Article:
SATIVA. INDICA. DOES IT MATTER?

by Ziad El Shourbagy | 1 month ago

SATIVA. INDICA. DOES IT MATTER?

The short answer: it doesn’t matter, but you want to know the full story, right? For many many (many) years, Cannabis growers, retailers, and consumers referred to their strains as ‘sativa’ or ‘indica’ to showcase the potential effects they may get after consuming the flower. Has this classification proven the test of time? Well..not really. According to modern science, the molecular testing of Sativa and Indica flowers does not show enough different molecular composites to claim that they are fundamentally different. 

Here’s a fact, sativa and indica are just taxonomies that distinguish the effects of your cannabis. Most Cannabis in the modern world is a ‘hybrid’ with potential sativa and indica leaning properties. 

 

Let's go back in time.

To really get to the bottom of this, we need to take a quick dive into botanical history. Indica and sativa have been part of the cannabis lexicon all the way since the 1700s. 1753: Swedish botanist Carl Linnaeus identified the psychoactive cannabis plants as C. sativa (C for Cannabis) in his work Species Plantarum - hence the birth of the term ‘sativa’. 1783: French biologist Jean-Baptiste Lamarck identified Cannabis indica as a different species while observing the physical characteristics of India's cannabis plants - the term ‘indica’ was born. It was argued that C. indica plants have dark green, dense and wide leaves, and C. sativa had elongated, light and narrower leaves. 1930: Russian botanist Dmitrij Janischewsky identified the third subspecies known as Cannabis ruderalis. This classification was not a result of the plant's unique set of physical expressions, but rather the plant’s flowering cycle. 

 

All Cannabis is different. 

To further support the case that ‘sativa’ and ‘indica’ cannabis classification is not the most accurate; Cannabis can feel and act so differently in each body. Let’s say the first time you consumed a joint of Peanut Butter Breath, you felt sedating effects. Fast forward to the next time you tried it again but felt much more energetic. So Is it an indica or a sativa? Remember, the environment in which the plant is grown can change its flavour and terpene profile, which affects the effects after consumption. The plant can have all these variables while still maintaining its genetic base. Factors like temperature, humidity, soil nutrients, and curation can all affect how you perceive your flower. The method of consumption also makes a difference. If you’re eating a Peanut Butter Breath brownie, the effect might vary from consuming a Peanut Butter Breath joint. That's why growers, breeders, and consumers alike are starting to reference the terpene profile to describe the potential effects and feel of the strain.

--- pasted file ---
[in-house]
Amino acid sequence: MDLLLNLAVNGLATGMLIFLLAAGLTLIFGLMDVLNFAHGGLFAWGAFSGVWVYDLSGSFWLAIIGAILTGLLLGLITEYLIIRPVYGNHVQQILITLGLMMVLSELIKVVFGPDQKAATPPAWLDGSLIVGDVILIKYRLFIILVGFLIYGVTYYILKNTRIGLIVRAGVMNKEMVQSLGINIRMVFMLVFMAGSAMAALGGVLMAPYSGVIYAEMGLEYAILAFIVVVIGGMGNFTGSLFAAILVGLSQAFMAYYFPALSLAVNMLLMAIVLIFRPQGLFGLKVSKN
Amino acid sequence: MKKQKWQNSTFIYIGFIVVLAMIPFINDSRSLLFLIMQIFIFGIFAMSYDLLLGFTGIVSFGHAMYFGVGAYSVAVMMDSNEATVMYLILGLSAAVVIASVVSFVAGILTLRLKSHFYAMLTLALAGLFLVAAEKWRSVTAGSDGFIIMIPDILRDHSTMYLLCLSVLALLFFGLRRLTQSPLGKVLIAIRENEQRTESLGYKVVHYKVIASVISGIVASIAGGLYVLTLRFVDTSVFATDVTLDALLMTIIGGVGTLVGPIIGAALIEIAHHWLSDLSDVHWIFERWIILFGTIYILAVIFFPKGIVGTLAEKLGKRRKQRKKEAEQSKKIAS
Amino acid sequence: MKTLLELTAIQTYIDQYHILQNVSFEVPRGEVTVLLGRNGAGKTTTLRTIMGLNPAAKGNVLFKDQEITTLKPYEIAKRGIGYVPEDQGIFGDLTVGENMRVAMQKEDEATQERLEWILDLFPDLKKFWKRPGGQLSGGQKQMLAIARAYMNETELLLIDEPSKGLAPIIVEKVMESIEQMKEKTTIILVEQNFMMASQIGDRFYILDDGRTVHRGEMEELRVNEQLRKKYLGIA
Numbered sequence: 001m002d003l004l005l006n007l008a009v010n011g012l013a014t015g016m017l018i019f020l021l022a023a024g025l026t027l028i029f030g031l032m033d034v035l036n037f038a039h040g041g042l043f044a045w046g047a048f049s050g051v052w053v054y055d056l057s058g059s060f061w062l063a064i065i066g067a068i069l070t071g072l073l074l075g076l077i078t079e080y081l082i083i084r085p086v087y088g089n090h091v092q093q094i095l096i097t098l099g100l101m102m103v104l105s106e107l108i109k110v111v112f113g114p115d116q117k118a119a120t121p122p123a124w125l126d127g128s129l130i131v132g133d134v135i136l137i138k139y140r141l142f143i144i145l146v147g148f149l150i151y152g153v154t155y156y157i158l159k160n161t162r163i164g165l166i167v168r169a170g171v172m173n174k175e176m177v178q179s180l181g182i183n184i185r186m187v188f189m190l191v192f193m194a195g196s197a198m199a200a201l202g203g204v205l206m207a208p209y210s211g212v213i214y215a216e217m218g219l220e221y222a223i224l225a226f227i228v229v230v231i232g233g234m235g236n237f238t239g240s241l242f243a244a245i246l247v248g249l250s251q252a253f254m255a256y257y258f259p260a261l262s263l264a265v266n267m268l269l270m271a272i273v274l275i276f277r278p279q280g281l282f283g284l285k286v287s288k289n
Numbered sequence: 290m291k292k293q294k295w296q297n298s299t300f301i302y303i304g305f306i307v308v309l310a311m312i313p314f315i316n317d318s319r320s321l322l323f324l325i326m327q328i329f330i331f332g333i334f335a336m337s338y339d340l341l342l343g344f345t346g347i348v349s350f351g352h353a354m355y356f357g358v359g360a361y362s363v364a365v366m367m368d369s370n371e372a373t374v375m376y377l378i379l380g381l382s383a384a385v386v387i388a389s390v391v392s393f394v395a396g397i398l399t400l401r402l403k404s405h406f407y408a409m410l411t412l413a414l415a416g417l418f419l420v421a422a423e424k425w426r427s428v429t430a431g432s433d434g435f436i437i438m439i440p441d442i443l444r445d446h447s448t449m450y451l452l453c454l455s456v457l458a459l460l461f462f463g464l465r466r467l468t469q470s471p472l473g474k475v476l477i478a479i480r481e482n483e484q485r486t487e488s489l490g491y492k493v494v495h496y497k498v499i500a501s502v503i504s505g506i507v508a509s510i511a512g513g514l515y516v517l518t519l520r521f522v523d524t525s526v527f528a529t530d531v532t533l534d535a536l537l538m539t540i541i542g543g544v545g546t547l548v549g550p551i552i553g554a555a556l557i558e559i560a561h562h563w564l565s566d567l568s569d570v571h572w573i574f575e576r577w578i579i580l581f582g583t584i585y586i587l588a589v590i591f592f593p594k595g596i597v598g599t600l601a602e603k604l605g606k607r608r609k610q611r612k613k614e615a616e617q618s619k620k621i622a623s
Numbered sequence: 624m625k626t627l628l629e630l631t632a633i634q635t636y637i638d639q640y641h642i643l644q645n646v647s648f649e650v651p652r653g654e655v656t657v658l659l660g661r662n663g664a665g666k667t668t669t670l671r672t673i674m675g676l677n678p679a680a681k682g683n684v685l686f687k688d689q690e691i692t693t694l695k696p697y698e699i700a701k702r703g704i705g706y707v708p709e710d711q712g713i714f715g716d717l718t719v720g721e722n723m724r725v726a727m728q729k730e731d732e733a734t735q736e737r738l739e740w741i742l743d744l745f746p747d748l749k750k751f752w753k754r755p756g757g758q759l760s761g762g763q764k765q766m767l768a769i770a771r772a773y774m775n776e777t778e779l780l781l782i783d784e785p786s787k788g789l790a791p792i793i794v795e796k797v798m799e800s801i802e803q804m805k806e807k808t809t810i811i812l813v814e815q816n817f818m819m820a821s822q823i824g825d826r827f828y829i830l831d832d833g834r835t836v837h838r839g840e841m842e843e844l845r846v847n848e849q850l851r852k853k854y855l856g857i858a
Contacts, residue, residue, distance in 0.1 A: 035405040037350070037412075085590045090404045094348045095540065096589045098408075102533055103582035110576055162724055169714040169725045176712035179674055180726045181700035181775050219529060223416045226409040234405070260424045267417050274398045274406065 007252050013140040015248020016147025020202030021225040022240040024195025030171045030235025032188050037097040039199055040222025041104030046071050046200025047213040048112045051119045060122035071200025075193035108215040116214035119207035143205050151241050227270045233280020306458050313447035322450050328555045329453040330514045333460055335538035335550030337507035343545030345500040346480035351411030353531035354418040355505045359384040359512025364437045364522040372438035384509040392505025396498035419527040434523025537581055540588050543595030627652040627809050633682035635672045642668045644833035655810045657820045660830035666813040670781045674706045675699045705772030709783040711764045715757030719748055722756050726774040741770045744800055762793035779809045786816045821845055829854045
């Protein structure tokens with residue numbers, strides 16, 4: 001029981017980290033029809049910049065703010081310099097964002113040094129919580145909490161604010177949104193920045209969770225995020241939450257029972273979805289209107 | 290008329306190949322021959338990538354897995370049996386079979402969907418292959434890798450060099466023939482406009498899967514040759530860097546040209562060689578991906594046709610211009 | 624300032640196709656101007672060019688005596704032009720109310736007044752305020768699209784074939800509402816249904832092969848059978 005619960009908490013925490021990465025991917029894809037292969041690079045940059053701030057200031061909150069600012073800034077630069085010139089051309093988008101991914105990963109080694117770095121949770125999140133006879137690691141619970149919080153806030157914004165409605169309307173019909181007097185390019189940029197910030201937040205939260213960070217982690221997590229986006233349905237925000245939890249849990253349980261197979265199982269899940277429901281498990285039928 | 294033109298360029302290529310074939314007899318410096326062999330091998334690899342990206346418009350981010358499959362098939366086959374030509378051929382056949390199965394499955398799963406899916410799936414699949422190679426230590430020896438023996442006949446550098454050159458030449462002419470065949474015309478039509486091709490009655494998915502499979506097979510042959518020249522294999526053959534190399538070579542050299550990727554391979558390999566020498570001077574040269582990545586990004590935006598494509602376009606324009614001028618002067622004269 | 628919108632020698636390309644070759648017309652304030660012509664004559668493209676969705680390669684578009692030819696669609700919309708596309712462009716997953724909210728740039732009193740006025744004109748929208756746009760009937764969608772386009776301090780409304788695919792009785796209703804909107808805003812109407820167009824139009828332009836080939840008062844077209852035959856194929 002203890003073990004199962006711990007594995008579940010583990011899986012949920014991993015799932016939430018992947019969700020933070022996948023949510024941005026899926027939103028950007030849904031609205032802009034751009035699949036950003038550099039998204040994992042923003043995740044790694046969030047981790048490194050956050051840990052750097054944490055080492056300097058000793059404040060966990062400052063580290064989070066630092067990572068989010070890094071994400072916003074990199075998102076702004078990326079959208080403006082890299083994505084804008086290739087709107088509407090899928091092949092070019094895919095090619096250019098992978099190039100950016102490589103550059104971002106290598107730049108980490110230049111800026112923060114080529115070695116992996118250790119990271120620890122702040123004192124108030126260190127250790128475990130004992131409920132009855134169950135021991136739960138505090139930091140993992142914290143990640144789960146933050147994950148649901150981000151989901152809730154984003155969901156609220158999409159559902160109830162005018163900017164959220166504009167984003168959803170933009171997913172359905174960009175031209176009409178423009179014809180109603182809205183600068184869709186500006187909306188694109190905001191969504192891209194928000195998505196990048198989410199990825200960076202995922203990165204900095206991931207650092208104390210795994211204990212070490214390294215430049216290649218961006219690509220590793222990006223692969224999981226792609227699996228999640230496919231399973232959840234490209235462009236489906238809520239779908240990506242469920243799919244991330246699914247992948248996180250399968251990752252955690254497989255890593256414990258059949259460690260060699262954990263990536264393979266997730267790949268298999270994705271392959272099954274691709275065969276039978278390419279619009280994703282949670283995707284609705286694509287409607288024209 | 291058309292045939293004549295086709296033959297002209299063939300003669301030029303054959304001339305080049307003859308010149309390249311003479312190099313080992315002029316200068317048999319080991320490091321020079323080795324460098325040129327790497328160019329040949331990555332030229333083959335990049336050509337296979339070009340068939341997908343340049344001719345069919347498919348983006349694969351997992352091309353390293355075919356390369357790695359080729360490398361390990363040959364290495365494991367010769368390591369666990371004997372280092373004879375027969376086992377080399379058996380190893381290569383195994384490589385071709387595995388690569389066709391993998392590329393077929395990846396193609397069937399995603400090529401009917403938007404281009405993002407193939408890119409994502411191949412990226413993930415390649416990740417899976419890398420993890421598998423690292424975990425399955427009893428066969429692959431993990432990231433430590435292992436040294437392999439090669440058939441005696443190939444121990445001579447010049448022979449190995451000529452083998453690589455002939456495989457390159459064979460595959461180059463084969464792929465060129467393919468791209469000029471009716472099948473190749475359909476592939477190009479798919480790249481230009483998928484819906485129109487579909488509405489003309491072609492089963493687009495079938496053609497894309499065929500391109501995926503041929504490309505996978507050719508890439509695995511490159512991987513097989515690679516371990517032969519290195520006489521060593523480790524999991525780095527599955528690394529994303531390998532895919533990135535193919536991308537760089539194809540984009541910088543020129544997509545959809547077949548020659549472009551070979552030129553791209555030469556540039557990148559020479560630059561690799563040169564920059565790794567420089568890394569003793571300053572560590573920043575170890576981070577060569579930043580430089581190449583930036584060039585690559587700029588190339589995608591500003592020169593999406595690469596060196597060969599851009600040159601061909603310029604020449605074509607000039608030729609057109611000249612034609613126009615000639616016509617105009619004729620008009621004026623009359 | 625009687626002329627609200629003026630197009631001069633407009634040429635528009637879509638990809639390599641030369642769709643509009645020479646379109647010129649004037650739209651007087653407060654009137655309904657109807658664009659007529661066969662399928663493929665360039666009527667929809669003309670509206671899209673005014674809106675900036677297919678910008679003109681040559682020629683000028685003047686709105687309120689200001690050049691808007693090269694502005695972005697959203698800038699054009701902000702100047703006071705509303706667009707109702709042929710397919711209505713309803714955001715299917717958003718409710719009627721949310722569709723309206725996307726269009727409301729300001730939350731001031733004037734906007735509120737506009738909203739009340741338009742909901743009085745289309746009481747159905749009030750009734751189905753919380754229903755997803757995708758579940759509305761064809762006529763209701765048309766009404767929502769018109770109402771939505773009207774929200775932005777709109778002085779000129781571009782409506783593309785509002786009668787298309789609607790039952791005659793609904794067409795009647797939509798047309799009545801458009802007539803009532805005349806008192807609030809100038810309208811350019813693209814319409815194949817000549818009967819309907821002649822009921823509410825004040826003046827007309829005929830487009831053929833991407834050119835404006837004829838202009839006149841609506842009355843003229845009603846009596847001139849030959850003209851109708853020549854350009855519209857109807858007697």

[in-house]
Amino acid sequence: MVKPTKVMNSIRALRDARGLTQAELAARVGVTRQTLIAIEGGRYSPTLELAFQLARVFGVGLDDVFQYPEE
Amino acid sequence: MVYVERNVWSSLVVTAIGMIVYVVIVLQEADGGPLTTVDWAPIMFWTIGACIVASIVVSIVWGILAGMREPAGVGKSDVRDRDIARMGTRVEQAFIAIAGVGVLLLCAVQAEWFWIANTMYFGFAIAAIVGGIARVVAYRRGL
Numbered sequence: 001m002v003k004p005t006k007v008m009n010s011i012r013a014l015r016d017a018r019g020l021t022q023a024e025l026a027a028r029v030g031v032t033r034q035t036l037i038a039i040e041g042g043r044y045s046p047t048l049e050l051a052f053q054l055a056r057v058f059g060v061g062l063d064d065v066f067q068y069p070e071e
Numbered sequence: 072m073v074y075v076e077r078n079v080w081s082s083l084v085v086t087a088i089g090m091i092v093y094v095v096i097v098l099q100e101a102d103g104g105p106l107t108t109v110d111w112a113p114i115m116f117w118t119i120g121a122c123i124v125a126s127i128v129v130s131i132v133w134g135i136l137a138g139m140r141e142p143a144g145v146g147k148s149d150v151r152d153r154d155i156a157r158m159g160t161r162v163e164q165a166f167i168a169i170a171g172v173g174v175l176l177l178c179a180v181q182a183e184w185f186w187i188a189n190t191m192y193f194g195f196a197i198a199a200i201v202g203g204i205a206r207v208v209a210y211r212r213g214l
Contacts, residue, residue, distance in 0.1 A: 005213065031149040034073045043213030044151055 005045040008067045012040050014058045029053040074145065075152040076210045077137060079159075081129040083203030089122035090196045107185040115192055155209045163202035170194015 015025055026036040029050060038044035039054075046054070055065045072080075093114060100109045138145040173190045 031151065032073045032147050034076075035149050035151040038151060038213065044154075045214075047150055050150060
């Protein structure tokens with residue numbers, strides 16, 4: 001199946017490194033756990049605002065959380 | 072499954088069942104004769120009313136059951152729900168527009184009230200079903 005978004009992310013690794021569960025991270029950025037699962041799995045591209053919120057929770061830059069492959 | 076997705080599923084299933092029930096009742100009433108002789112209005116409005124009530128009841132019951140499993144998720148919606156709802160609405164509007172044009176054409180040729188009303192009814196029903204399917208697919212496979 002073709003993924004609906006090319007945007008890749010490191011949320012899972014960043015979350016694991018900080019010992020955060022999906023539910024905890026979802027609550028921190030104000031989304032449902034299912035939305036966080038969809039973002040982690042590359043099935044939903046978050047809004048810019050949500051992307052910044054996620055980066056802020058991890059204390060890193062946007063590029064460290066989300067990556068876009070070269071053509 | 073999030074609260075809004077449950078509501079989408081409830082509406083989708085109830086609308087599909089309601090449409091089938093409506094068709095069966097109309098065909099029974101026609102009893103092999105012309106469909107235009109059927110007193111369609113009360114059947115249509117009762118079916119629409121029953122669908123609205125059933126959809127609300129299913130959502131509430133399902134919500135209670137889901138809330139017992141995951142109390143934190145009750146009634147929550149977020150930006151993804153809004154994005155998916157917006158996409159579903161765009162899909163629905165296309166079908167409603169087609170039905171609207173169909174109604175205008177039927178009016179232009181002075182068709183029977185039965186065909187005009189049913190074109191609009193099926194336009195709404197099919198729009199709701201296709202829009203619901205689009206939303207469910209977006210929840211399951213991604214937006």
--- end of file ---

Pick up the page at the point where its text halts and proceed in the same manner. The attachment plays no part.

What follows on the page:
So what are Terpenes?

They are non-psychoactive compounds found in the Cannabis flower. Terpenes are responsible for the taste, flavour profile and smell of Cannabis. There are a myriad of terpenes, so it's a matter of trial and error. At the end of the day, the ‘sativa’ and ‘indica’ dichotomy has drawn speculation and controversy amongst the cannabis community. But for ease of mind, you’ll still see Sativa flower described as cerebral, heady, uplifting, and energizing while Indica flower described as relaxing, sedating, and full-bodied, coining the term ‘In Da Couch’ to describe the aftermath post consumption. Hybrid strains have gained more popularity in recent years. The hybrid term can either complicate or simplify things for you, but hybrid presents combined effects of ‘sativa’ and ‘indica’ flower. Still, the term does not adequately indicate the effects that a user can expect from a cultivar. 

 

Key Takeaway.

It's still perfectly valid to describe effects of cannabis flower as ‘sativa’ or ‘indica’ as long as you are aware that these terms don't necessarily coincide with the plant's sativa or indica lineage.

 

Related Posts

How To Grow Marijuana Outdoors
How To Grow Marijuana Outdoors
by Ziad El Shourbagy
2 months ago
Cannabis Seed Guide
Cannabis Seed Guide
by Ziad El Shourbagy
2 months ago
The Highest Percentage of THC Found Today
The Highest Percentage of THC Found Today
by Lindon
3 months ago
The Beginner’s Guide to Microdosing
The Beginner’s Guide to Microdosing
by Lindon
3 months ago
Benefits of CBD and THC together
Benefits of CBD and THC together
by Lindon
3 months ago
Edibles? How, What, Where
Edibles? How, What, Where
by Lindon
3 months ago
How Much THC is in Weed Exactly?
How Much THC is in Weed Exactly?
by Lindon
3 months ago
The Best Dispensaries in Vancouver
The Best Dispensaries in Vancouver
by Lindon
3 months ago
THC Gummies Buyers Guide: Getting The Right Dosage
THC Gummies Buyers Guide: Getting The Right Dosage
by Abby H
4 months ago
The Best Indica Strains To Help You Sleep
The Best Indica Strains To Help You Sleep
by Lindon